Iyer, M., Salazar, F.B., Lewis, X. et al. Transgenic Res (2005) 14: 47. doi:10.1007/s11248-004-2836-1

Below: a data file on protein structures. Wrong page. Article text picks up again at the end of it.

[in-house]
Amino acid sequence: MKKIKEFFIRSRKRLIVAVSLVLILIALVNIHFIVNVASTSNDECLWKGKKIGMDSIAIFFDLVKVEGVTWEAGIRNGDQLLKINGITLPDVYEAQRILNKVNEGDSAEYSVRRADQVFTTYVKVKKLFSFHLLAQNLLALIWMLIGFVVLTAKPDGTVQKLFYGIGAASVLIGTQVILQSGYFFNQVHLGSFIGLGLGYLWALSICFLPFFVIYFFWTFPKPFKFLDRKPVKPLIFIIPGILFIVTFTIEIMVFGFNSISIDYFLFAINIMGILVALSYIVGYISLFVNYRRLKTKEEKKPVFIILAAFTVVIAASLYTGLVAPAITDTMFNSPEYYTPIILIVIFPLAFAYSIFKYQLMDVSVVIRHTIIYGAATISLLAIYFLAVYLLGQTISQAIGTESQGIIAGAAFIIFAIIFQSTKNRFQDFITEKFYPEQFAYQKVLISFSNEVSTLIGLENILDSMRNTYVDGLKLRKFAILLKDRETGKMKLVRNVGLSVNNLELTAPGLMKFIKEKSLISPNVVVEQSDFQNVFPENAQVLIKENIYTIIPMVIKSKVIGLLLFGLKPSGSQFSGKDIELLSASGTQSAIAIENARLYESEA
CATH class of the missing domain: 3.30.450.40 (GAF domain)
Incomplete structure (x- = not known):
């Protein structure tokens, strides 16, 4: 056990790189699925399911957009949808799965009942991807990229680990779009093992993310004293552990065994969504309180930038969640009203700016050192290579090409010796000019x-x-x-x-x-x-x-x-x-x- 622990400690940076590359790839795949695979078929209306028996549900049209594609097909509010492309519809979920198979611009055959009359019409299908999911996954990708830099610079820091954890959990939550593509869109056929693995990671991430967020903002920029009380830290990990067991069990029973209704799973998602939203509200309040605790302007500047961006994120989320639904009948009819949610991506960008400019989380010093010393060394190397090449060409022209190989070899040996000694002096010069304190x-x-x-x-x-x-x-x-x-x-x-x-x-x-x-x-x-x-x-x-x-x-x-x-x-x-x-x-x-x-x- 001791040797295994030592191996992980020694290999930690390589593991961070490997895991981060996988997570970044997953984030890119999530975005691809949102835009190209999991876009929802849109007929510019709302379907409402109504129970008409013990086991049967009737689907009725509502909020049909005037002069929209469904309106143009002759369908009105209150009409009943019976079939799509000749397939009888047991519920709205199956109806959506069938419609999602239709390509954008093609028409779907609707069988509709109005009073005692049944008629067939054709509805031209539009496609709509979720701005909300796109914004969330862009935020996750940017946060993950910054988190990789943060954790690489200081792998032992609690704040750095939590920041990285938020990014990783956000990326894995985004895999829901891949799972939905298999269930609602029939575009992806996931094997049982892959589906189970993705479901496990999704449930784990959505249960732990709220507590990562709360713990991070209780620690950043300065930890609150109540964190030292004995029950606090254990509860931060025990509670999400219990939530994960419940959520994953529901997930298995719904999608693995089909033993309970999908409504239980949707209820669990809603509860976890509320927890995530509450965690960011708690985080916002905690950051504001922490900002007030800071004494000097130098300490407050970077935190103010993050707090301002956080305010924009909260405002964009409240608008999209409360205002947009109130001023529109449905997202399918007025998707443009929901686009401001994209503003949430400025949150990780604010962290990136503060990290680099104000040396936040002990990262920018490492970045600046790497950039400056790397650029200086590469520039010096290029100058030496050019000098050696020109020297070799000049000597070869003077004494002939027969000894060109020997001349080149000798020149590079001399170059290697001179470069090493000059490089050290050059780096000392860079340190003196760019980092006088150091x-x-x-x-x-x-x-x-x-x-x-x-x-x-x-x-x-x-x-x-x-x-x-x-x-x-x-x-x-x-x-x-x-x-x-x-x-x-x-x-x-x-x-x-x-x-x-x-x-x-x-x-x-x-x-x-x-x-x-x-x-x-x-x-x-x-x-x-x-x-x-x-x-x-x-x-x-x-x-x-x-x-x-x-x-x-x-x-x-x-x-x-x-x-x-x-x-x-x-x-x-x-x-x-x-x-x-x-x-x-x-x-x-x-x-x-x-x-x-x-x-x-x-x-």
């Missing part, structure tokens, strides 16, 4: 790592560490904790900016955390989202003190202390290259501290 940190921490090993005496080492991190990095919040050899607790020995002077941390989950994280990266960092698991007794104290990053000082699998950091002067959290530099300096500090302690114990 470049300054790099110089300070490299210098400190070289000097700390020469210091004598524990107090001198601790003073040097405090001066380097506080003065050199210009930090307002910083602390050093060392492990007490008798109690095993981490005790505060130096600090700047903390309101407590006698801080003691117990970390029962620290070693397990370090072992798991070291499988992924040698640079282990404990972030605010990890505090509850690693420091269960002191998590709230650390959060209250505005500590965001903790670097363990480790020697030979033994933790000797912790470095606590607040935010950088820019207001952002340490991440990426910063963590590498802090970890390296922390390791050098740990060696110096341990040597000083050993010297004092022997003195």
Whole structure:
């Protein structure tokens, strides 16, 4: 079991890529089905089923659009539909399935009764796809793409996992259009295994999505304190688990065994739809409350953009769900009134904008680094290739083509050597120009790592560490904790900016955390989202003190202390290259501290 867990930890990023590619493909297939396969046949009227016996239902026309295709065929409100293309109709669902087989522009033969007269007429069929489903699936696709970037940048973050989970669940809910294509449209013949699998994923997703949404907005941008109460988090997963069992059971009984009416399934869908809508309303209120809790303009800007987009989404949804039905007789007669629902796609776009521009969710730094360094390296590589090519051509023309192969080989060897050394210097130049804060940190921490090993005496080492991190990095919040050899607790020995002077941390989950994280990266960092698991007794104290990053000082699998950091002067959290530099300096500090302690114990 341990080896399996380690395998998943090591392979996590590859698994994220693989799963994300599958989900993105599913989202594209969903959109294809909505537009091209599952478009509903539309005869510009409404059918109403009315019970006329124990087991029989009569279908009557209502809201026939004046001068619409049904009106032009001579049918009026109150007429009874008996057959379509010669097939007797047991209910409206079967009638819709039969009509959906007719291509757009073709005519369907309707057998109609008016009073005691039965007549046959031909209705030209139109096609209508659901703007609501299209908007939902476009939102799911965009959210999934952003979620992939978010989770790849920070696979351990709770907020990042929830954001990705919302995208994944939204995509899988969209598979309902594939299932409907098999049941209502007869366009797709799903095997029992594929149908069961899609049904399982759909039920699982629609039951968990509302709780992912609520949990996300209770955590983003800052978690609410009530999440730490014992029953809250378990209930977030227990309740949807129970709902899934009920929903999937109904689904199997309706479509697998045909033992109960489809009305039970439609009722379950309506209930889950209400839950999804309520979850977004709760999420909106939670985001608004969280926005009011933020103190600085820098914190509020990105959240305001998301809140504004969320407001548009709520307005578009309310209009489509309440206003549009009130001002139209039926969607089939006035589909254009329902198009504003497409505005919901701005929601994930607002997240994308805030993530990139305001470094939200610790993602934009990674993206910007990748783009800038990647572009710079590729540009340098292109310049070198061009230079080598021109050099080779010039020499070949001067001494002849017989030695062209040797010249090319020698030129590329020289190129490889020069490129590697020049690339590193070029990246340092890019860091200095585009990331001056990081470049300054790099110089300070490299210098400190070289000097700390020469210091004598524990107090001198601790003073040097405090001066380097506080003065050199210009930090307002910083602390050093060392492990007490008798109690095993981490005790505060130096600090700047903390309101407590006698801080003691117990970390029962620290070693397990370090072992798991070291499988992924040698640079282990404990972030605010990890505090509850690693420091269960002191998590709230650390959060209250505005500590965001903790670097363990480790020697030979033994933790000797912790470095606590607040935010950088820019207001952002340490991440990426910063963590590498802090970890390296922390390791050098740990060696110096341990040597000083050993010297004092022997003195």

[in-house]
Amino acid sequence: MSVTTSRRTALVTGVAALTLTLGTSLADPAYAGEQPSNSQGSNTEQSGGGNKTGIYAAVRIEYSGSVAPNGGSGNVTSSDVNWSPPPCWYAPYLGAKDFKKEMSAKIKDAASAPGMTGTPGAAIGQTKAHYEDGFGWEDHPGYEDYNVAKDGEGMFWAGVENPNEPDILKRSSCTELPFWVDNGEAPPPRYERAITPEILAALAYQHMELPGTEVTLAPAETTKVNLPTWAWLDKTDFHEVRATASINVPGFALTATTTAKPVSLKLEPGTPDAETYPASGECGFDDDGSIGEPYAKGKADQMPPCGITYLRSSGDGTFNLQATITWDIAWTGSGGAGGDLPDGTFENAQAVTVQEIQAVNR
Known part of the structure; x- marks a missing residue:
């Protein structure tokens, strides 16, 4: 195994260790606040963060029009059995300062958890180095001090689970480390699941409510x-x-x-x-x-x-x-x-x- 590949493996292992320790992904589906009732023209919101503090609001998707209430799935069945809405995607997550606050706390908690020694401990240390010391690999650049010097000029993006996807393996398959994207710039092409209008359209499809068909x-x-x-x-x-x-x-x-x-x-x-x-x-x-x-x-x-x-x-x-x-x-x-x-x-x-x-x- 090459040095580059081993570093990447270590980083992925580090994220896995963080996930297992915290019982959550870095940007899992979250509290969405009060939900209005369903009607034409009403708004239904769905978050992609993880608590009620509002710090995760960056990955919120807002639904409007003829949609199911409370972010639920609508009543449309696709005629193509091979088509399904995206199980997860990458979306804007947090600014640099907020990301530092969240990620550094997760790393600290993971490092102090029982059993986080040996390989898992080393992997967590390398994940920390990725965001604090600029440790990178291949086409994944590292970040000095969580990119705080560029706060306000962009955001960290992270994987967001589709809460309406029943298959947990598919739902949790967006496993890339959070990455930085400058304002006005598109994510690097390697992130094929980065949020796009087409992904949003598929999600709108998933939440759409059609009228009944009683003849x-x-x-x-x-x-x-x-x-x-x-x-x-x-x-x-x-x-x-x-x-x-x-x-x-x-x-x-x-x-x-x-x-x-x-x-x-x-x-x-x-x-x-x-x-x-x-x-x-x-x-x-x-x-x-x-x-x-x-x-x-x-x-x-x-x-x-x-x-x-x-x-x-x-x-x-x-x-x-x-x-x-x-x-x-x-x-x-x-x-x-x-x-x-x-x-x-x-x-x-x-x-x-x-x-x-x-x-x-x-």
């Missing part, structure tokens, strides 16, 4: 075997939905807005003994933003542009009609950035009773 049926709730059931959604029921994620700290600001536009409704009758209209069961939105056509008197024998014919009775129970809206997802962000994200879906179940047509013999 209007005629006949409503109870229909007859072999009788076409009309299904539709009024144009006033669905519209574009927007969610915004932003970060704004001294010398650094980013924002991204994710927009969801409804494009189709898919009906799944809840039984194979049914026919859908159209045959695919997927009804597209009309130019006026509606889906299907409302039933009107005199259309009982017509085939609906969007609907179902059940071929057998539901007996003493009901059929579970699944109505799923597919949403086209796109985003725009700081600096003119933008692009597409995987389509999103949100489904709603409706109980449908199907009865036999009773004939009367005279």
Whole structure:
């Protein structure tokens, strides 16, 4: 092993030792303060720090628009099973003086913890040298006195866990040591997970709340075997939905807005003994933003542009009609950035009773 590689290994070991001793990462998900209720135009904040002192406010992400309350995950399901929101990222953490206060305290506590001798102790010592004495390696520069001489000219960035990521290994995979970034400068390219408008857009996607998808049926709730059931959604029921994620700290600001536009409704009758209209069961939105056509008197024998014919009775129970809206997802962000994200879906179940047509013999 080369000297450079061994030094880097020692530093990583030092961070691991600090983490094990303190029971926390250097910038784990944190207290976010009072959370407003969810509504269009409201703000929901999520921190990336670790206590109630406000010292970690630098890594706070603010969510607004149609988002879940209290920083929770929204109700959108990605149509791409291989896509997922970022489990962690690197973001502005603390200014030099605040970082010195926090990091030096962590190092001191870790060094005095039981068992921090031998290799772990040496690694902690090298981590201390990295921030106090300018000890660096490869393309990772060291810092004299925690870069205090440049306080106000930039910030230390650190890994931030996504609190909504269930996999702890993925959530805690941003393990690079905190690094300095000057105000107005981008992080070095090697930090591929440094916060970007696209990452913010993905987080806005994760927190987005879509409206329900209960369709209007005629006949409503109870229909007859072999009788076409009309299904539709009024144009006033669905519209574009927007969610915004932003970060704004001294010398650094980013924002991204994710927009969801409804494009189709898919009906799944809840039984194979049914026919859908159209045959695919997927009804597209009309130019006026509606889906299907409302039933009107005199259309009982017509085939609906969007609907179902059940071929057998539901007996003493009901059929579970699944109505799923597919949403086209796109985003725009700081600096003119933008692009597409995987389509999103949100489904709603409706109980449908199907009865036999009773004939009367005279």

Non-invasive assessment of transgenic animals using bioluminescence imaging offers a rapid means of evaluating disease progression in animal models of disease. One of the challenges in the field is to develop models with robust expression to image repetitively live intact animals through solid tissues. The prostate-specific antigen (PSA) promoter is an attractive model for studying gene regulation due to its hormonal response and tissue-specificity permitting us to measure signaling events that occur within the native tissues. The use of the GAL4-VP16 activator offers a powerful means to augment gene expression levels driven by a weak promoter. We have used a two-step transcriptional amplification (TSTA) system to develop a transgenic mouse model to investigate the tissue-specificity and developmental regulation of firefly luciferase (fl) gene expression in living mice using bioluminescence imaging. We employed an enhanced prostate-specific promoter to drive the yeast transcriptional activator, GAL4-VP16 (effector). The reporter construct carries five Gal4 binding sites upstream of the fl gene. We generated a transgenic mouse model using a single vector carrying the effector and reporter constructs. The transgenic mice show prostate-specific expression as early as three weeks of age. The bioluminescence signal in the prostate is significantly higher than in other organs. We also demonstrate that blocking androgen availability can downregulate the fl expression in the prostate. The transgenic mice display normal physical characteristics and developmental behavior, indicating that the high level of GAL4 driven expression is well tolerated. These findings suggest that the GAL4-VP16 transactivator can be used to amplify reporter gene expression from a relatively weak promoter in a transgenic mouse model. The transgenic TSTA model in conjunction with other transgenic cancer models should also help to detect and track malignancies. The strategies developed will be useful for transgenic research in general by allowing for amplified tissue specific gene expression.